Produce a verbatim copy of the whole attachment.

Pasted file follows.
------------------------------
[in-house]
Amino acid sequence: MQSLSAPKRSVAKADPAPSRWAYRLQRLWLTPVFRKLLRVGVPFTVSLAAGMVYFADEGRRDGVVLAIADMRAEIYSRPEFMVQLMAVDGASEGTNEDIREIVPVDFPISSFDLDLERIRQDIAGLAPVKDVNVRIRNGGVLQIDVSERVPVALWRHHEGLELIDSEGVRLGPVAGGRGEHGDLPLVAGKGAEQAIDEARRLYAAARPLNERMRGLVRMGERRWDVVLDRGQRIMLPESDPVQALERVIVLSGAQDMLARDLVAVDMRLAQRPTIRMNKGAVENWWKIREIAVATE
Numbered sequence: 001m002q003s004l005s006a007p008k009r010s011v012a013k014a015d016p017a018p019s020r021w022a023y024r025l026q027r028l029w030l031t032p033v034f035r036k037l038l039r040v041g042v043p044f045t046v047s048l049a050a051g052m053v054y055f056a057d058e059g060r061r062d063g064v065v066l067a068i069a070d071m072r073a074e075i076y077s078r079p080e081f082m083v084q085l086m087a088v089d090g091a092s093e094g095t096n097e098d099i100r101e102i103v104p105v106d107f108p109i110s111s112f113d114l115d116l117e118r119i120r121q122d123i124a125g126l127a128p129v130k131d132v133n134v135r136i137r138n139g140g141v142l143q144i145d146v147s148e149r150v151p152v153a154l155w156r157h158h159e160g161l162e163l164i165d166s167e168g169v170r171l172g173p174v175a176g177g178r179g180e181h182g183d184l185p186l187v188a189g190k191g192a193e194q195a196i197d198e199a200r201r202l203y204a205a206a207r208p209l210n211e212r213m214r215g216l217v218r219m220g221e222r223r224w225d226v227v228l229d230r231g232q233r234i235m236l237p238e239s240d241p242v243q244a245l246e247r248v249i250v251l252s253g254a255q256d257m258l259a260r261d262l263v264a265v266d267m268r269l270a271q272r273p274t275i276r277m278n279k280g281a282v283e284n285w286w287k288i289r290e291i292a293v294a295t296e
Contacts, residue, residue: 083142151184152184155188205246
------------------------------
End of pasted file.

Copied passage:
[in-house]
Amino acid sequence: MQSLSAPKRSVAKADPAPSRWAYRLQRLWLTPVFRKLLRVGVPFTVSLAAGMVYFADEGRRDGVVLAIADMRAEIYSRPEFMVQLMAVDGASEGTNEDIREIVPVDFPISSFDLDLERIRQDIAGLAPVKDVNVRIRNGGVLQIDVSERVPVALWRHHEGLELIDSEGVRLGPVAGGRGEHGDLPLVAGKGAEQAIDEARRLYAAARPLNERMRGLVRMGERRWDVVLDRGQRIMLPESDPVQALERVIVLSGAQDMLARDLVAVDMRLAQRPTIRMNKGAVENWWKIREIAVATE
Numbered sequence: 001m002q003s004l005s006a007p008k009r010s011v012a013k014a015d016p017a018p019s020r021w022a023y024r025l026q027r028l029w030l031t032p033v034f035r036k037l038l039r040v041g042v043p044f045t046v047s048l049a050a051g052m053v054y055f056a057d058e059g060r061r062d063g064v065v066l067a068i069a070d071m072r073a074e075i076y077s078r079p080e081f082m083v084q085l086m087a088v089d090g091a092s093e094g095t096n097e098d099i100r101e102i103v104p105v106d107f108p109i110s111s112f113d114l115d116l117e118r119i120r121q122d123i124a125g126l127a128p129v130k131d132v133n134v135r136i137r138n139g140g141v142l143q144i145d146v147s148e149r150v151p152v153a154l155w156r157h158h159e160g161l162e163l164i165d166s167e168g169v170r171l172g173p174v175a176g177g178r179g180e181h182g183d184l185p186l187v188a189g190k191g192a193e194q195a196i197d198e199a200r201r202l203y204a205a206a207r208p209l210n211e212r213m214r215g216l217v218r219m220g221e222r223r224w225d226v227v228l229d230r231g232q233r234i235m236l237p238e239s240d241p242v243q244a245l246e247r248v249i250v251l252s253g254a255q256d257m258l259a260r261d262l263v264a265v266d267m268r269l270a271q272r273p274t275i276r277m278n279k280g281a282v283e284n285w286w287k288i289r290e291i292a293v294a295t296e
Contacts, residue, residue: 083142151184152184155188205246